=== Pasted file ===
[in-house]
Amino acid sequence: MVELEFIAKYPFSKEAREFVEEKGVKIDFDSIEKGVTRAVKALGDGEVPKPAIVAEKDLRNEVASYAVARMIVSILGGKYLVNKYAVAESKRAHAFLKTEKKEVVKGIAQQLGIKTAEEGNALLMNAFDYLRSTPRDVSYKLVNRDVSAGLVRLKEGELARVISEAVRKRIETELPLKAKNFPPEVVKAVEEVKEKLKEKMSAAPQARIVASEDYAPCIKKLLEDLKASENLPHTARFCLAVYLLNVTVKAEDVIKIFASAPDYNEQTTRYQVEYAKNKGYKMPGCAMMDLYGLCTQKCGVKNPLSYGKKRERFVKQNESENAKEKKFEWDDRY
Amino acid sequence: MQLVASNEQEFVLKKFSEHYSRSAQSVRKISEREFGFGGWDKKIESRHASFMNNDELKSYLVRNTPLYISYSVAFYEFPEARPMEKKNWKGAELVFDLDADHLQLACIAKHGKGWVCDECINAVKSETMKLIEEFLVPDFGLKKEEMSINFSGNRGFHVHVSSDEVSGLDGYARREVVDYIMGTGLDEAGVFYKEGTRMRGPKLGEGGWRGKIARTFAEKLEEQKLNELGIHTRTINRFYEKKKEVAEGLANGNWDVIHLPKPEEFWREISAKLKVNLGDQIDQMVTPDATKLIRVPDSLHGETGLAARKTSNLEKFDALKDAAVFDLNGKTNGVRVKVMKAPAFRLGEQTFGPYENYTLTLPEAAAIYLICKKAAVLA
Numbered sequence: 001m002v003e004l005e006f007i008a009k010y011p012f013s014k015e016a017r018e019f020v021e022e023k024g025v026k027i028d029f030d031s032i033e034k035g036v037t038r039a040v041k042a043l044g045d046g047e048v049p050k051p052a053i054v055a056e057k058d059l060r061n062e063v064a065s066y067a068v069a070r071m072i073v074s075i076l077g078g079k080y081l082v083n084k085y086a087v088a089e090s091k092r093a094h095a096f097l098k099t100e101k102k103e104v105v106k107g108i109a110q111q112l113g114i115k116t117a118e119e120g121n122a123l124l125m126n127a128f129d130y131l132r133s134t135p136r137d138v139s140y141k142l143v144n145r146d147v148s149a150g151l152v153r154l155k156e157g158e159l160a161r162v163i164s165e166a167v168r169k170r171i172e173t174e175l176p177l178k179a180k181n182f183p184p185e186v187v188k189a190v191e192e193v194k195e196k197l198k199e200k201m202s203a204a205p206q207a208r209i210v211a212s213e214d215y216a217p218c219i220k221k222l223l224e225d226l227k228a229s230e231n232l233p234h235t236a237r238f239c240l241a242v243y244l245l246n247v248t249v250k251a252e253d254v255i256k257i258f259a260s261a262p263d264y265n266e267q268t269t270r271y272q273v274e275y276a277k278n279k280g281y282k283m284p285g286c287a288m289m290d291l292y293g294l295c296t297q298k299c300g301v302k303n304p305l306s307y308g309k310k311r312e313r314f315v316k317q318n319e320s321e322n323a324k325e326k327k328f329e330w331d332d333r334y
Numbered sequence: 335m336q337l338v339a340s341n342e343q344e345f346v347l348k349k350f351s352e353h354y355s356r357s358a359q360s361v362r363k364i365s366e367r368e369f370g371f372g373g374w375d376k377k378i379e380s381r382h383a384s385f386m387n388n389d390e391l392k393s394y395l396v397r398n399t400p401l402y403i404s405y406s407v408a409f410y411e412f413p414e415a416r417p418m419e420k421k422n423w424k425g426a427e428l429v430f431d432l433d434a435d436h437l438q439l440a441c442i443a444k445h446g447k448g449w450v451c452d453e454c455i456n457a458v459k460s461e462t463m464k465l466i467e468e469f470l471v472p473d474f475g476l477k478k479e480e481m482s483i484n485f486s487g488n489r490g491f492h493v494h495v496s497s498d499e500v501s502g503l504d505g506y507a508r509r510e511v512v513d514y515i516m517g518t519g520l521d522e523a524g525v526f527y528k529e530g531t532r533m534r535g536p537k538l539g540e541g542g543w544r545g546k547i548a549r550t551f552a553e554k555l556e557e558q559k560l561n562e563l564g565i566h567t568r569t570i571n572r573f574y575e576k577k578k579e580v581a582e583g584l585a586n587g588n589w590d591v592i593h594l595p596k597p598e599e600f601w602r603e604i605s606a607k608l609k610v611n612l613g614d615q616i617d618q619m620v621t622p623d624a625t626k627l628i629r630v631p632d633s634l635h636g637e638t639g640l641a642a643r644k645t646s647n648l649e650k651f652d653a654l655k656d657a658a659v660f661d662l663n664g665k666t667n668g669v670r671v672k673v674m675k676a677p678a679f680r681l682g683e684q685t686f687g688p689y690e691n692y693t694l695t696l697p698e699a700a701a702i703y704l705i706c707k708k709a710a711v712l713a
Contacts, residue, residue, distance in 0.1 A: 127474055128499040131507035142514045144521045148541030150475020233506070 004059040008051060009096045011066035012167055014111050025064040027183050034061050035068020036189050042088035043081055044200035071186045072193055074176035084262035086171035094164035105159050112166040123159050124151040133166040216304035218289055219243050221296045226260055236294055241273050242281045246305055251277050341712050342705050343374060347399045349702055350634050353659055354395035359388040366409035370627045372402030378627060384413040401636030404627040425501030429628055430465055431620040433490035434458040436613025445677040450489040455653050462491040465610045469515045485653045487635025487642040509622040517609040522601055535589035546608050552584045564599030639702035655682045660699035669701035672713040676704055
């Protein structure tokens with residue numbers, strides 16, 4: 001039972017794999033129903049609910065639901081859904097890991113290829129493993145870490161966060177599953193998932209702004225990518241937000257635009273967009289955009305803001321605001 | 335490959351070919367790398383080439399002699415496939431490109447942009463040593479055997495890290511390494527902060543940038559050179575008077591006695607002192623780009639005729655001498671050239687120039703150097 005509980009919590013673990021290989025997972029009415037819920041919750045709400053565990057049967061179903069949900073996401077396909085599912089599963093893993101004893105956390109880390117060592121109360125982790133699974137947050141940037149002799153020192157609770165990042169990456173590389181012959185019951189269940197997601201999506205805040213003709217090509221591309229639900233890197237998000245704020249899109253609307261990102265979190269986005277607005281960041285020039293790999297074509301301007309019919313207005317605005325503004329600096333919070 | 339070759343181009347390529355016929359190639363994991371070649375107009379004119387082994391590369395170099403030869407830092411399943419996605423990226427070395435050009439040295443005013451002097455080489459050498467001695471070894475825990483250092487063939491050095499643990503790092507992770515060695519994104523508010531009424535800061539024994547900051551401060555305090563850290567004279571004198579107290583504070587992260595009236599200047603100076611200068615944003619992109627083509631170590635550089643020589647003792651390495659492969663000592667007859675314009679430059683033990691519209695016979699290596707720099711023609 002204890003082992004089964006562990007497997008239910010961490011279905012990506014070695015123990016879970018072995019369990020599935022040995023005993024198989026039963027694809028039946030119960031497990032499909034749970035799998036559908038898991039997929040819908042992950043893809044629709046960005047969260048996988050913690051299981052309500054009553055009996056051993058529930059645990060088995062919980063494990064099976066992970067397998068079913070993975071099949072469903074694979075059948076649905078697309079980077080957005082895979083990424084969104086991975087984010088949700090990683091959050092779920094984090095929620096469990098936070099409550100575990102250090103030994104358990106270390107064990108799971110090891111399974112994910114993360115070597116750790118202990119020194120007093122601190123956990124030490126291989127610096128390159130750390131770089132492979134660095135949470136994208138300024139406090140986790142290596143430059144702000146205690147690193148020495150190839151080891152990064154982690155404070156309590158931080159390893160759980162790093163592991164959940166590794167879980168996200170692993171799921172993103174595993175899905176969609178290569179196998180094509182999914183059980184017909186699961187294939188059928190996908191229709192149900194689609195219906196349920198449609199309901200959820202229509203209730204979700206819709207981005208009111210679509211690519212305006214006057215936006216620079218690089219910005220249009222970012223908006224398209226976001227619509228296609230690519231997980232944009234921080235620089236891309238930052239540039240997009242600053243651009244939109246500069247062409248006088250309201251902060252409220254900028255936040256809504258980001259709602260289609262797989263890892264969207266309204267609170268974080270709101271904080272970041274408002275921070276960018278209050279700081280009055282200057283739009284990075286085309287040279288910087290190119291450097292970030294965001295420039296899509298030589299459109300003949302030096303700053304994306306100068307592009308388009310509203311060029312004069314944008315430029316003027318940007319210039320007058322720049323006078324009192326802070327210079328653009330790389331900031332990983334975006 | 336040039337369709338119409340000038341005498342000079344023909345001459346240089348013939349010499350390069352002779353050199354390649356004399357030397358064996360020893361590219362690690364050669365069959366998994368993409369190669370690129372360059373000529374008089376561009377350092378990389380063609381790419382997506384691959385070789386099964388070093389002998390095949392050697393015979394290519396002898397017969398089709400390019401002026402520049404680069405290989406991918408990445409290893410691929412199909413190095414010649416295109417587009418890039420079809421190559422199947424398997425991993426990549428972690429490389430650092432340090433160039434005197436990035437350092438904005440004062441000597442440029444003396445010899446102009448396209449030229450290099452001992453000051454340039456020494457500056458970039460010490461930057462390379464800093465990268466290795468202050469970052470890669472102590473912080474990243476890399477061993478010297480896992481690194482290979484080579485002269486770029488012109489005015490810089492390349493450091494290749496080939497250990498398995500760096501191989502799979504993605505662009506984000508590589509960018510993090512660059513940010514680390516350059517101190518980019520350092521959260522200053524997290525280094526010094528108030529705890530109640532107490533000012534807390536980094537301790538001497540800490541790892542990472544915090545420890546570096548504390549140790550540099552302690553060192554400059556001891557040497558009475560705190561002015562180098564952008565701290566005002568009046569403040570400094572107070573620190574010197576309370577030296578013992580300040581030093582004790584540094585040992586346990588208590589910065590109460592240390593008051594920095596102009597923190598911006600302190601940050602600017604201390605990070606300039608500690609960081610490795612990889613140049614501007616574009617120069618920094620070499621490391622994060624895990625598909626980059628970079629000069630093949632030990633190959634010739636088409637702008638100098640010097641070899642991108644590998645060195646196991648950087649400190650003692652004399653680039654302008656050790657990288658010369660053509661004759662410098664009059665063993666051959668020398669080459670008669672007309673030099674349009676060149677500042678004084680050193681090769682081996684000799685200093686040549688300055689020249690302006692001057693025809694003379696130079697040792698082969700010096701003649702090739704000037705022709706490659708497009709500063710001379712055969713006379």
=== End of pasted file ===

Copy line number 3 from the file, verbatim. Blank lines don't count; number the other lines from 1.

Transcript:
Amino acid sequence: MQLVASNEQEFVLKKFSEHYSRSAQSVRKISEREFGFGGWDKKIESRHASFMNNDELKSYLVRNTPLYISYSVAFYEFPEARPMEKKNWKGAELVFDLDADHLQLACIAKHGKGWVCDECINAVKSETMKLIEEFLVPDFGLKKEEMSINFSGNRGFHVHVSSDEVSGLDGYARREVVDYIMGTGLDEAGVFYKEGTRMRGPKLGEGGWRGKIARTFAEKLEEQKLNELGIHTRTINRFYEKKKEVAEGLANGNWDVIHLPKPEEFWREISAKLKVNLGDQIDQMVTPDATKLIRVPDSLHGETGLAARKTSNLEKFDALKDAAVFDLNGKTNGVRVKVMKAPAFRLGEQTFGPYENYTLTLPEAAAIYLICKKAAVLA